Neither death nor disagreement has the final word
About a year ago I was reading another religious publication, The Alabama
Baptist. This denominational newspaper is a great example of what religious
publishing is about. That particular day, I was enticed by the topic of a letter to
the editor: small church vs. big church ministry.
The author of the letter was a retired pastor who had served a number of
churches that averaged “from 12 to 85 in Sunday School.” He was responding to
a perceived slight in an article that had appeared in the previous issue. He says:
Let me ask you this: Is a 24-average [attendance] Sunday School church that
gives 26 percent of its undesignated funds through the Cooperative Program
smaller than a 1,200-average attendance church that gave three percent that
same year? … So, let me offer this definition: A church is small, regardless of
the number in attendance, because it fails to carry out the Great Commission
and minister to those in its community. The Lord isn’t going to say, ‘Well done,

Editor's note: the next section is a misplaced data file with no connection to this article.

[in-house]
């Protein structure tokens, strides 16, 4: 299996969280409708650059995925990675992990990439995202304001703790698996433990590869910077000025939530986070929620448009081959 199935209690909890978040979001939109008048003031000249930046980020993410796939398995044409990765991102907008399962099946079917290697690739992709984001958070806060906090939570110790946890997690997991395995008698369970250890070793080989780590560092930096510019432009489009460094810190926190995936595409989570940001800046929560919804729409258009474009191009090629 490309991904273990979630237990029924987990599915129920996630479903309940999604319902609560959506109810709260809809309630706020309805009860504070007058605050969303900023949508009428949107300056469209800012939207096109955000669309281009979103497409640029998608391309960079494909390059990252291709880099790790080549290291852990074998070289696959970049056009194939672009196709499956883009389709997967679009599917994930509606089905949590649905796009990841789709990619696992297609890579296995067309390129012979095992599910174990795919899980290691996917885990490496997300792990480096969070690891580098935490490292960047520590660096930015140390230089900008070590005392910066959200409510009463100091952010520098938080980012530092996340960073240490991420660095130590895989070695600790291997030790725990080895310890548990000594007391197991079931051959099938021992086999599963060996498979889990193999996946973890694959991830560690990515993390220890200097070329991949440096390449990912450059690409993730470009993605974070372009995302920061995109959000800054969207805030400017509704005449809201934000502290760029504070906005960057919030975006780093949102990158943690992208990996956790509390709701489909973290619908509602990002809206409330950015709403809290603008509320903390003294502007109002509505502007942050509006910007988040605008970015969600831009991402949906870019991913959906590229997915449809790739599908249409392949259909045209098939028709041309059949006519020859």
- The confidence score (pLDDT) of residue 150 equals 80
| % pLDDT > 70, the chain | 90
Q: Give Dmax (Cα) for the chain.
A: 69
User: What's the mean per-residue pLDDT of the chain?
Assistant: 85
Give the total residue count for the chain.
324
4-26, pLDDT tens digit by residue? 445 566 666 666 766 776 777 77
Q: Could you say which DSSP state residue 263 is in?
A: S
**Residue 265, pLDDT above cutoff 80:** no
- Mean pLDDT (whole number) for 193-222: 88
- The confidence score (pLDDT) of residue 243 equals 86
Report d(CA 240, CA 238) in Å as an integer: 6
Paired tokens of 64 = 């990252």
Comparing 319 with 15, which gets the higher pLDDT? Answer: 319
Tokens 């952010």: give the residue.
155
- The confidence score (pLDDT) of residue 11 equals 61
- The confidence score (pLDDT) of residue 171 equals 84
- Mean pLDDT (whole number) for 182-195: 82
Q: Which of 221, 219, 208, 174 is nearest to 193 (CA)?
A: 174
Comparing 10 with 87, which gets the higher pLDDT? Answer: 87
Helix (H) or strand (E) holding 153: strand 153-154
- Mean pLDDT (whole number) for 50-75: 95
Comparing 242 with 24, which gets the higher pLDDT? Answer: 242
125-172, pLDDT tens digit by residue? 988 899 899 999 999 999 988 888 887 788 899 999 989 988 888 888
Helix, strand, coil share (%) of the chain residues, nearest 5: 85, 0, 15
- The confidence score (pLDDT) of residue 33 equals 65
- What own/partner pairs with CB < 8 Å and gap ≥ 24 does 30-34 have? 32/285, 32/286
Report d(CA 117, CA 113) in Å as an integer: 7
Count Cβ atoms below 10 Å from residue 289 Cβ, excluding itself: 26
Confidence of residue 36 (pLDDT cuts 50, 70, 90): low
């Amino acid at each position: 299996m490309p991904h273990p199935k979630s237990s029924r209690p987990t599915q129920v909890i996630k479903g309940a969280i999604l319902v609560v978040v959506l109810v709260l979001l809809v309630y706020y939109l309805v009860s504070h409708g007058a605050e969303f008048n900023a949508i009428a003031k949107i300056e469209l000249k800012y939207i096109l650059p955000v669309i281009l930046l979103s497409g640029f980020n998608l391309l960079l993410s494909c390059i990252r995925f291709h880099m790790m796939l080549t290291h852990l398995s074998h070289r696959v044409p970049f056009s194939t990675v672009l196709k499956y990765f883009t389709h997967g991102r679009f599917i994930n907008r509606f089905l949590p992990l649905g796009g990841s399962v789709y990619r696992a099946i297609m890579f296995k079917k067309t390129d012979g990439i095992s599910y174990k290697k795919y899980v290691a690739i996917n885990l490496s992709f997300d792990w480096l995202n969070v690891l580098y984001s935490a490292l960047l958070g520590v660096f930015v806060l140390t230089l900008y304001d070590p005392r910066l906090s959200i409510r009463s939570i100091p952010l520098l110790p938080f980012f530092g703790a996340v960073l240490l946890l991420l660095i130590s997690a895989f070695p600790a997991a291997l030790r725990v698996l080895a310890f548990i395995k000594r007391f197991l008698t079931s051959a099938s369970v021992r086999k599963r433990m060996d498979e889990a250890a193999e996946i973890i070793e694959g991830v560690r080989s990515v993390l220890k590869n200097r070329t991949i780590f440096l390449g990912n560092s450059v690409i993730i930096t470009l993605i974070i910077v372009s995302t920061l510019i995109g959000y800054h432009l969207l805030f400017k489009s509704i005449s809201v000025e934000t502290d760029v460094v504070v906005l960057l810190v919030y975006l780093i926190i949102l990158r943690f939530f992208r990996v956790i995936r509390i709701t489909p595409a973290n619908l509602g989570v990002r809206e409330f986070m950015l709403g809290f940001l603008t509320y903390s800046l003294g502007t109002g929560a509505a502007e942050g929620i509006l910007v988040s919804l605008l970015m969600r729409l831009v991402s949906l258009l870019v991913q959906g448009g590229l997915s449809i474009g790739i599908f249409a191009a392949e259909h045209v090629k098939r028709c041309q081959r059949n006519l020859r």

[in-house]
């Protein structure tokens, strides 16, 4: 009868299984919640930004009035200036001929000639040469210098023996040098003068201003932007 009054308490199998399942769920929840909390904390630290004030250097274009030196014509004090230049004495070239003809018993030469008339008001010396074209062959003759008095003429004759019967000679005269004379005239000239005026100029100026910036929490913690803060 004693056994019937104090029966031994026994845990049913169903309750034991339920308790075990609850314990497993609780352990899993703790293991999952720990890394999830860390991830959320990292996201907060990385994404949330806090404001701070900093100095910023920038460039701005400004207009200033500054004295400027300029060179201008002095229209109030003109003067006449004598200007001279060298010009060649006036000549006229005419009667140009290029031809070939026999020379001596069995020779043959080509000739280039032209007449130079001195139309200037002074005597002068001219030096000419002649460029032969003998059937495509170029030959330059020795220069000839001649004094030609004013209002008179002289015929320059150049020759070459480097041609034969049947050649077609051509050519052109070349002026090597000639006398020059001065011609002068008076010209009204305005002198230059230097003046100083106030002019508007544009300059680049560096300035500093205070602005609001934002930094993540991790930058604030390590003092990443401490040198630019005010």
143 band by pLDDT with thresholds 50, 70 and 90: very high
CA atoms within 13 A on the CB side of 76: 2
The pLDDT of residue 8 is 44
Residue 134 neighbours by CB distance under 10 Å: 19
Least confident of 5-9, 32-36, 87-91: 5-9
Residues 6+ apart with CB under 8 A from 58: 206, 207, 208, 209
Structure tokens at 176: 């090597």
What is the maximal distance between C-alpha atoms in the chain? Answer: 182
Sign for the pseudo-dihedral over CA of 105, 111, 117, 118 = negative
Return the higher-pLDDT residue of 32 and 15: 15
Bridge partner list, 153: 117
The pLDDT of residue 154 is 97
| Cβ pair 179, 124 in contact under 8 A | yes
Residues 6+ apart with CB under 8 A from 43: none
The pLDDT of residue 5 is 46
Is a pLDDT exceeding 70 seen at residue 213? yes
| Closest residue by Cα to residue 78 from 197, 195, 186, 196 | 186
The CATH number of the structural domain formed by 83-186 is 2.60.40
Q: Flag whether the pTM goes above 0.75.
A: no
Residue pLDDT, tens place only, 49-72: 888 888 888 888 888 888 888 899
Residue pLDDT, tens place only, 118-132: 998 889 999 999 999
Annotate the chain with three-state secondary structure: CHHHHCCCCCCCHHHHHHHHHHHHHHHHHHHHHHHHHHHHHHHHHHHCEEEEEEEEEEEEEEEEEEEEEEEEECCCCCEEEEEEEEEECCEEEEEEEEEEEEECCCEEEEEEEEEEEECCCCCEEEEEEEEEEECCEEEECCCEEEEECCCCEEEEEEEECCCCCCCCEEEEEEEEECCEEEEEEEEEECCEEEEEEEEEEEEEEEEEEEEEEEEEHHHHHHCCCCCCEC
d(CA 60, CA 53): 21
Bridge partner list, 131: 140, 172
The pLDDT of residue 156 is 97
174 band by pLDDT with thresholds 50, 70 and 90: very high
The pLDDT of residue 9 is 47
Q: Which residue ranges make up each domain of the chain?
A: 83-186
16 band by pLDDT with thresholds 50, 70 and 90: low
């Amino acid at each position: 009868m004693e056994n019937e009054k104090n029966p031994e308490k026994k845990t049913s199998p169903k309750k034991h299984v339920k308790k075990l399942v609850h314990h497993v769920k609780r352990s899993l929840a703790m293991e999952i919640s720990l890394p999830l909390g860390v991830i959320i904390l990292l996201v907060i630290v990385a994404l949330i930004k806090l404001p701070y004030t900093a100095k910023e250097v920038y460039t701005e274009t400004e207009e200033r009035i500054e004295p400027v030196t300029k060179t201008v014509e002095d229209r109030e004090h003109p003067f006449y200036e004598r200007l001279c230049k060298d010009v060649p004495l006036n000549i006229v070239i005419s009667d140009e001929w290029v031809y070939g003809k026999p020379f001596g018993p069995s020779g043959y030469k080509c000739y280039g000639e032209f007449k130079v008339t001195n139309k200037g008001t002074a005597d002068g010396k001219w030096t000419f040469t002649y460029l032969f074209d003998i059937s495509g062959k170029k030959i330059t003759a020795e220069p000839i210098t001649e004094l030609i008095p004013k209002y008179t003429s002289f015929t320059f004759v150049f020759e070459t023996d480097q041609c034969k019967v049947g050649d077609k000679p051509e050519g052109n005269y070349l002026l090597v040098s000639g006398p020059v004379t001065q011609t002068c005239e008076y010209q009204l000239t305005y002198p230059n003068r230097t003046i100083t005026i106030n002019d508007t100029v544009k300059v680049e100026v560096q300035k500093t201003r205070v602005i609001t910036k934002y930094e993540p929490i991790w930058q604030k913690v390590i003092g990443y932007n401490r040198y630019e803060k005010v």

thou good and large church,’ or even, ‘thou good and small church.
I will leave the big church-small church discussion for a future column.
Certainly it’s a fascinating topic.
But I am more interested in how we draw our allegiances or experience our
commonality as a church. It is natural for us all to seek “our tribe,” even as we
talk about being post-tribal. Within our congregations, our affinity might be
common politics or a similar position on a social issue. It might be our ethnic
identity. Or, it could even be church size.
My question: Does our common Lutheran identity meet the needs of these
times? Are we still a tribe — even across the various church bodies?
I guess, as we head into assembly season, it is good to remember our common
heritage since we will certainly look at our differences. (I don’t say this to
minimize the differences or the importance of these differences. I just believe it
is not the final word … just like death.)
Uni-mindedness is not the goal. Unity in the body of Christ is. We can embody
God’s grace in the way we show care in our discussions, demonstrate concern
for our neighbors, and be creative in our listening. May we then hear those
words: “Well done.”